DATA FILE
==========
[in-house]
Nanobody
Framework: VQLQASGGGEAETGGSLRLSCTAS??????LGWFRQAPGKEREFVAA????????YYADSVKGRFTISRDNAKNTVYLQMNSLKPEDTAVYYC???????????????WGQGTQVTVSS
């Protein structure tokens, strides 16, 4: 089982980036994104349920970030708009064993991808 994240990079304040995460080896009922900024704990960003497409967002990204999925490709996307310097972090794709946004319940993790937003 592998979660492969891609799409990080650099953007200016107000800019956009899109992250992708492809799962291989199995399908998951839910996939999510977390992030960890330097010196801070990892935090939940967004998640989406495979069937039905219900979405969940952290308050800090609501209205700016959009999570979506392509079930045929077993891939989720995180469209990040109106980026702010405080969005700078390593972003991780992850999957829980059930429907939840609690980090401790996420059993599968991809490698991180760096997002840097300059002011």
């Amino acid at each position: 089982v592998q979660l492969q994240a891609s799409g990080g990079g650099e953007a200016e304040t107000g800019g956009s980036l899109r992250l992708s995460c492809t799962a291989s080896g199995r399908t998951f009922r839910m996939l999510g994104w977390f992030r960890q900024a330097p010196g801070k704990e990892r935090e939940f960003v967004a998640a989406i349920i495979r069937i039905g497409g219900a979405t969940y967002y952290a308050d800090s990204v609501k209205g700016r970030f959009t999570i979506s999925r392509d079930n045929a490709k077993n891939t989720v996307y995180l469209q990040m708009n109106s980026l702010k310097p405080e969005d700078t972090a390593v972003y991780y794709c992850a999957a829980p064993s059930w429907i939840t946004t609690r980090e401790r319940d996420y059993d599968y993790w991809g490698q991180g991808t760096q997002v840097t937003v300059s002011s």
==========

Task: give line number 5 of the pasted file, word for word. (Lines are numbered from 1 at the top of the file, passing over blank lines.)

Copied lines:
């Amino acid at each position: 089982v592998q979660l492969q994240a891609s799409g990080g990079g650099e953007a200016e304040t107000g800019g956009s980036l899109r992250l992708s995460c492809t799962a291989s080896g199995r399908t998951f009922r839910m996939l999510g994104w977390f992030r960890q900024a330097p010196g801070k704990e990892r935090e939940f960003v967004a998640a989406i349920i495979r069937i039905g497409g219900a979405t969940y967002y952290a308050d800090s990204v609501k209205g700016r970030f959009t999570i979506s999925r392509d079930n045929a490709k077993n891939t989720v996307y995180l469209q990040m708009n109106s980026l702010k310097p405080e969005d700078t972090a390593v972003y991780y794709c992850a999957a829980p064993s059930w429907i939840t946004t609690r980090e401790r319940d996420y059993d599968y993790w991809g490698q991180g991808t760096q997002v840097t937003v300059s002011s």